Nanarophelia and the danger of praising the mediocre
Losing Our Standards
Translated from the original French by Olga Montes (2015)
This essay was originally published in French on Hors Champ, Monday, October 20th, 2008
Nanarophelia 1 , watching film duds (turkeys) whose screenplays and obvious flaws precipitate derision, has become a favourite pastime for many film fans. Mocking Z movies is now so popular that it’s even affected the video film market. In fact, to attract larger audiences, certain film distributors plaster DVD covers with scathing reviews, pointing out just how bad the movie is, promising viewers a good dose of psychotronic fun. There are many websites that praise these companies for bringing viewers such mediocre fare like Don’t Go in the Woods and Troll 2, readily available with the intention of being mocked, preferably, in the company of friends. Today, this phenomenon has gone from the living room to the projection room. While Total Crap offers television’s worst, the team at 70%, a student radio program, broadcasts a weekly spotlight titled, Dubious Viewings 2 . It seems to be a perfectly logical evolution to this phenomenon, for viewing a film dud with a group seems to enhance viewing pleasure. The notion of fun is vital here as organizers set up such public events for a legitimate purpose: to entertain crowds and incite laughter—nothing reprehensible. At least, not obviously so. In mocking and praising, though, a real danger lurks. As fun as it may be, nanarophelia, drastically threatens to greatly transform the meaning of “going to the movies.”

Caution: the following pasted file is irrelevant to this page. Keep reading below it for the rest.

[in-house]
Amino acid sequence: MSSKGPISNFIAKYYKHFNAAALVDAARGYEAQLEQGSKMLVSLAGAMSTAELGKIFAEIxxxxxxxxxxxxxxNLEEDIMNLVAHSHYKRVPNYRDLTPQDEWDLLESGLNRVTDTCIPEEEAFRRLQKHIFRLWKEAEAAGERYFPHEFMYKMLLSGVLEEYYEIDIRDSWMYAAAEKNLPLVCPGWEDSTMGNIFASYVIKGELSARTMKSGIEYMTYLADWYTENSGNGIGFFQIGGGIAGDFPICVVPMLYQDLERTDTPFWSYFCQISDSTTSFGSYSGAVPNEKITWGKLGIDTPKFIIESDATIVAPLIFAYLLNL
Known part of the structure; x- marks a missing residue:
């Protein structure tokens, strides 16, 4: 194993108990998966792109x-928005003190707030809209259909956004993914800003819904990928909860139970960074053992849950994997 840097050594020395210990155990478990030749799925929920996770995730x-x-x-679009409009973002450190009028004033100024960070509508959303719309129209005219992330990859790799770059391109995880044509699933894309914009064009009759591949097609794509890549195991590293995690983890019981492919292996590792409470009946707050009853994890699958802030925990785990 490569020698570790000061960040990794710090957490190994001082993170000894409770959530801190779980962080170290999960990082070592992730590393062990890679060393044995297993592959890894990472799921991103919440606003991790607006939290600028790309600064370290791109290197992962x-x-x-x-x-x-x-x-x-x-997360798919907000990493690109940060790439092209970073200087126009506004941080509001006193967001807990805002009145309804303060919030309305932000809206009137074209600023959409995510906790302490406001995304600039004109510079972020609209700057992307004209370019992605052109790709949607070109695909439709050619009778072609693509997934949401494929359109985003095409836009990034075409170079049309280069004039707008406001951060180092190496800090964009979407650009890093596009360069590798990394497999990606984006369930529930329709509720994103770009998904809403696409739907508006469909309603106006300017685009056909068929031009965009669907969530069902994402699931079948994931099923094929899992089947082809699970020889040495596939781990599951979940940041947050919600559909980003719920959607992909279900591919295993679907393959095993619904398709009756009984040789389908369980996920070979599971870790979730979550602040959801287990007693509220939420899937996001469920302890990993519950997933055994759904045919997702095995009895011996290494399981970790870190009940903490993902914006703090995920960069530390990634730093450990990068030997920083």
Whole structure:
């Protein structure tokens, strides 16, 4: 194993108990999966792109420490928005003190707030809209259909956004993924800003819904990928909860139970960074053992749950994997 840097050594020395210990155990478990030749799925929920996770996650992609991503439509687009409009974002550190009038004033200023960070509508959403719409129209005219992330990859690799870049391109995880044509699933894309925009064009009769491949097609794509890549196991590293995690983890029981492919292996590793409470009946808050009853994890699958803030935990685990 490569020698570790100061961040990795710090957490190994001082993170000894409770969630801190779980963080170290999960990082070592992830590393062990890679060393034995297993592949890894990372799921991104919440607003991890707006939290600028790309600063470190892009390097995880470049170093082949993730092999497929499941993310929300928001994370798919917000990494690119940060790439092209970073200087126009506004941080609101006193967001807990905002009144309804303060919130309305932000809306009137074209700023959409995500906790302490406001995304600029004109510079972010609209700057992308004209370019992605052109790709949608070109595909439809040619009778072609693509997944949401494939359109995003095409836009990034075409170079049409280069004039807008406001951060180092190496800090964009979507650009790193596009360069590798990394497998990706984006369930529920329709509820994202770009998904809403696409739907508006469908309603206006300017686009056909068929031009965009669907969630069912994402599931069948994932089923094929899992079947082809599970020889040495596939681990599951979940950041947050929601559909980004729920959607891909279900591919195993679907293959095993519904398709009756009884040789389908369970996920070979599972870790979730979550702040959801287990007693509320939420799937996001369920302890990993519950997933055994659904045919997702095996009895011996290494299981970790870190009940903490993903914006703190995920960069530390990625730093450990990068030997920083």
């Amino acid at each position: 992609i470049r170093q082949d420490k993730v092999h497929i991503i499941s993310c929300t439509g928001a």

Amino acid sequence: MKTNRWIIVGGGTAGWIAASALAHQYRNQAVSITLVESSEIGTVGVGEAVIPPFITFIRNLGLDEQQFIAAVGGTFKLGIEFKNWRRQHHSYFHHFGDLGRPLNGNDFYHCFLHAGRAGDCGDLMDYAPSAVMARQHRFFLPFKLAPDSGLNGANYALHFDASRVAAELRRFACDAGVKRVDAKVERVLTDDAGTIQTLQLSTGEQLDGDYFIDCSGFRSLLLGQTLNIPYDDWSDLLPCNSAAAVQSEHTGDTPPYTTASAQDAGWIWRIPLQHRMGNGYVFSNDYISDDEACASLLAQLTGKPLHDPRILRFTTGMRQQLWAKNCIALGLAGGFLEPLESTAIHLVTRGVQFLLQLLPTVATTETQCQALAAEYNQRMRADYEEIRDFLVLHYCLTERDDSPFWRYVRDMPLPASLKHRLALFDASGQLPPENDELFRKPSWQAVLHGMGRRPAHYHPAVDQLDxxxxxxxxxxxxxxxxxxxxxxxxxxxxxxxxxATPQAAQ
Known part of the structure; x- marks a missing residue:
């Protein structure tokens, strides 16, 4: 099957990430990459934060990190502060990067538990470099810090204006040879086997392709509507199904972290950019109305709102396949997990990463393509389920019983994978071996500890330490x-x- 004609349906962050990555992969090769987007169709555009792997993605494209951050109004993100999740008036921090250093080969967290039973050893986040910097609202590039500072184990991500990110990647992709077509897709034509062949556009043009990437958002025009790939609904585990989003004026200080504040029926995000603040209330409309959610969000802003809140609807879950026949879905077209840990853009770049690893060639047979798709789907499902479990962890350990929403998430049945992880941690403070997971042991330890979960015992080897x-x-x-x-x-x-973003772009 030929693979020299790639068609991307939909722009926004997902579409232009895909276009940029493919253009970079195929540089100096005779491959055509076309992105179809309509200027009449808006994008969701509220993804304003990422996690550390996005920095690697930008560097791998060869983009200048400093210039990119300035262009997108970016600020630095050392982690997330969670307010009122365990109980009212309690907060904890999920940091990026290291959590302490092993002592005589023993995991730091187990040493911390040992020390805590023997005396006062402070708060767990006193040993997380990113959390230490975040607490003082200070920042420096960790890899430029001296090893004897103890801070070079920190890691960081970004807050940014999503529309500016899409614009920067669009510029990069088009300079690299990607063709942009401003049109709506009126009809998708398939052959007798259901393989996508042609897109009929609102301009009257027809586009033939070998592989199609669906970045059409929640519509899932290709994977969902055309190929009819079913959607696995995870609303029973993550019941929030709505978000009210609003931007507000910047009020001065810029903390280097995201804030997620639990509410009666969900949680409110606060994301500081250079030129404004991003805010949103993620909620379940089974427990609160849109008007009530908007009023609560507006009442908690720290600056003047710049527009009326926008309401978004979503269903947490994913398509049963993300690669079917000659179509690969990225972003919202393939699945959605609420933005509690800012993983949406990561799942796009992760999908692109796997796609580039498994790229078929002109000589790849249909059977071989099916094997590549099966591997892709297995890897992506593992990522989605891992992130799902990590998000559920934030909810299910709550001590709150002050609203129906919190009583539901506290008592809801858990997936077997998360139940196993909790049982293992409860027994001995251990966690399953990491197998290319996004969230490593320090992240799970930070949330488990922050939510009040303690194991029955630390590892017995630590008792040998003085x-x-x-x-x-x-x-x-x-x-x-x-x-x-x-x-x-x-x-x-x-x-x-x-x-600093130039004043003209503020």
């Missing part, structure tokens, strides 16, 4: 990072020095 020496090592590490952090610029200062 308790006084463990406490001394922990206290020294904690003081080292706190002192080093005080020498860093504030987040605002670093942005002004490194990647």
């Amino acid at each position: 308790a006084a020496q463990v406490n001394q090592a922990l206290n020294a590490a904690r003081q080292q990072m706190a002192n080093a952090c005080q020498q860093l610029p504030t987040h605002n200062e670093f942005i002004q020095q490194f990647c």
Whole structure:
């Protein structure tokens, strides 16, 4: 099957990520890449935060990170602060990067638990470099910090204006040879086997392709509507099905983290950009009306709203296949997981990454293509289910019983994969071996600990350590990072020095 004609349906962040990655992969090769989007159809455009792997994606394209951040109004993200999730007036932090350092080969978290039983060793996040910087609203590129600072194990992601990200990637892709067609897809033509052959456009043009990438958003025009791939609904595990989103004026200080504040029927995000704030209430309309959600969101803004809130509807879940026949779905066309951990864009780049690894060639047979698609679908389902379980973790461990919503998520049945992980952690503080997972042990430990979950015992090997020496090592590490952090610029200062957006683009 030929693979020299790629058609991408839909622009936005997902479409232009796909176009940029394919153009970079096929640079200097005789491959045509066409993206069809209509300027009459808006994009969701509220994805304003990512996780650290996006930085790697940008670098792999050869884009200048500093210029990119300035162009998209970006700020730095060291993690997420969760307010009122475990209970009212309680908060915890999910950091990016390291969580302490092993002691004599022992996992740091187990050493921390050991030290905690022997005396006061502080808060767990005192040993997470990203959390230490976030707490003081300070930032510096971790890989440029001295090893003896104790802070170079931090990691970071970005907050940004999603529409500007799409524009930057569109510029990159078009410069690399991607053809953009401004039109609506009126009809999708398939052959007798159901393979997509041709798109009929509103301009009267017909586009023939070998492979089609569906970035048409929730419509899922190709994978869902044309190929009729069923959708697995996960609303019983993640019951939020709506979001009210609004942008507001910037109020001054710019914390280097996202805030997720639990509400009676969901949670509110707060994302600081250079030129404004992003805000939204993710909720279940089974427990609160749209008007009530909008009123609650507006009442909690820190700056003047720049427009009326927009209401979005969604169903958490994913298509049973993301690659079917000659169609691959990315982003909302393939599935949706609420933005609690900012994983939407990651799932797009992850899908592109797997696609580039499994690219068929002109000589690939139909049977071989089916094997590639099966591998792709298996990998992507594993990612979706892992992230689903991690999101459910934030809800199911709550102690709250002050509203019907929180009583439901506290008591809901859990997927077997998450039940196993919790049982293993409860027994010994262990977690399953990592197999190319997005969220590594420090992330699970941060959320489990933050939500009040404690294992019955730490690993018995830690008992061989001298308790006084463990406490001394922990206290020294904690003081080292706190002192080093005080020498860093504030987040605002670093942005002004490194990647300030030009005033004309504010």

Thanks to one’s cinematic experiences, the standards and comparators required to recognize quality cinema become ingrained in the viewer. The hilarity ensued by watching film duds and Z movies makes it impossible for these films to meet the criteria for excellence. Turkeys are an accumulation of failed efforts to achieve high standards. In as such, the viewer will mock them and feel superior to the film. Not because he feels he can do better than the director but because his awareness of what a good movie should be allows him to look down on the film. It’s admittedly a completely normal reaction toward a movie that you don’t like. Anyone, from renowned critic to the child who is old enough to enjoy a film, experiences this. However, these same people will simultaneously also allow the film to provoke the opposite, meaning; they will contemplate it with a positive point of view. According to Barthes, great movies bring us joy; hence, our standards take a hit because we think ourselves beholding something magnificent that really, is not. If the viewer uses these two approaches when viewing films, if he mocks the mediocrity of a Bruno Mattei film and then is blown away by the beauty in a Kim-Ki Duk movie, there’s nothing unhealthy or abnormal about that. The problem, though, is that nowadays, a great number of viewers, particularly young people, spend more time mocking film duds than silently enjoying great films. The proof? Sold out Total Crap shows and near empty theatres during the Festival du Nouveau Cinéma’s showings of Dumont, Tarr, and Reygadas films. The reason? It’s hard to say, it may well be the result of YouTube where you can watch any mediocre film in clips or enjoy retro television programs. The genesis, as it turns out, is perhaps simpler to find. Let’s not deny that the sense of superiority above mentioned is undoubtedly validating. Validation that’s magnified when experienced in a group setting, in a lighted room where you can be seen while making comments during the screening as opposed to sitting silently in a dark room.